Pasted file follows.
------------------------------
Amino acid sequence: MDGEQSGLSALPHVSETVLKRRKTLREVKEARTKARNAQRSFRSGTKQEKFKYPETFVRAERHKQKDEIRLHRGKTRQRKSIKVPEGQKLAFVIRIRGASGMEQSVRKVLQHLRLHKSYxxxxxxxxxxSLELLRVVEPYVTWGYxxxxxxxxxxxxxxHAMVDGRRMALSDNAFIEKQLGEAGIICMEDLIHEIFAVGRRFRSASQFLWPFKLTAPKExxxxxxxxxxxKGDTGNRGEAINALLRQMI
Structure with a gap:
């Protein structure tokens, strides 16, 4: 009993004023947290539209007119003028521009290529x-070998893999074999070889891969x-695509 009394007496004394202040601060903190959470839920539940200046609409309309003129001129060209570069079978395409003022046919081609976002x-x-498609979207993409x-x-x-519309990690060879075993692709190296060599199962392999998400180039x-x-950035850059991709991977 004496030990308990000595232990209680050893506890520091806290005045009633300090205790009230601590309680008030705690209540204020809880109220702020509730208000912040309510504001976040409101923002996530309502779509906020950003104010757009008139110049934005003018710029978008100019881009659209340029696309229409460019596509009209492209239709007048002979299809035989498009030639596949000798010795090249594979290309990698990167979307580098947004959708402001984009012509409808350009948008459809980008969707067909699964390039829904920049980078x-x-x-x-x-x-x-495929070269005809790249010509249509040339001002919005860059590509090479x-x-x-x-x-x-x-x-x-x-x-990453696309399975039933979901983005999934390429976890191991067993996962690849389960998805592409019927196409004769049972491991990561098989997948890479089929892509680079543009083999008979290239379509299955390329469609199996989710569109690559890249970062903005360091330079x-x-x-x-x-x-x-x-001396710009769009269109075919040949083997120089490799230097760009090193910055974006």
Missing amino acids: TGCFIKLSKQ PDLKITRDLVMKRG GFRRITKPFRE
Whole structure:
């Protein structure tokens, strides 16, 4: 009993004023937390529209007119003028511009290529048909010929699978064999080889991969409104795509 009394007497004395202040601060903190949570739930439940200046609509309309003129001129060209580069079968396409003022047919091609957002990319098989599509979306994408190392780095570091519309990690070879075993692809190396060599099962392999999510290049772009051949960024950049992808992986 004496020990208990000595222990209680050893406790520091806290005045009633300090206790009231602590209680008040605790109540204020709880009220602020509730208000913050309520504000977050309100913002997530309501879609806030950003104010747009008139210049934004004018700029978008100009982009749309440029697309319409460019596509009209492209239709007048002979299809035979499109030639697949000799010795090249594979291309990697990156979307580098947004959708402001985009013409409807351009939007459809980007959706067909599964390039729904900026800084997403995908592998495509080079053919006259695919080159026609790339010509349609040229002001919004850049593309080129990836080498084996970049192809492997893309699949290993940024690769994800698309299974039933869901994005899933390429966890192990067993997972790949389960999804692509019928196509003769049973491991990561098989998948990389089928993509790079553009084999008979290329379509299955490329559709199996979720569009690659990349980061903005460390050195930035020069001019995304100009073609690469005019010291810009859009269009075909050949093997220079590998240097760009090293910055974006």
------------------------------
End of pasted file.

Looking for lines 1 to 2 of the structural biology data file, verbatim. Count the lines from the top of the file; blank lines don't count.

Amino acid sequence: MDGEQSGLSALPHVSETVLKRRKTLREVKEARTKARNAQRSFRSGTKQEKFKYPETFVRAERHKQKDEIRLHRGKTRQRKSIKVPEGQKLAFVIRIRGASGMEQSVRKVLQHLRLHKSYxxxxxxxxxxSLELLRVVEPYVTWGYxxxxxxxxxxxxxxHAMVDGRRMALSDNAFIEKQLGEAGIICMEDLIHEIFAVGRRFRSASQFLWPFKLTAPKExxxxxxxxxxxKGDTGNRGEAINALLRQMI
Structure with a gap: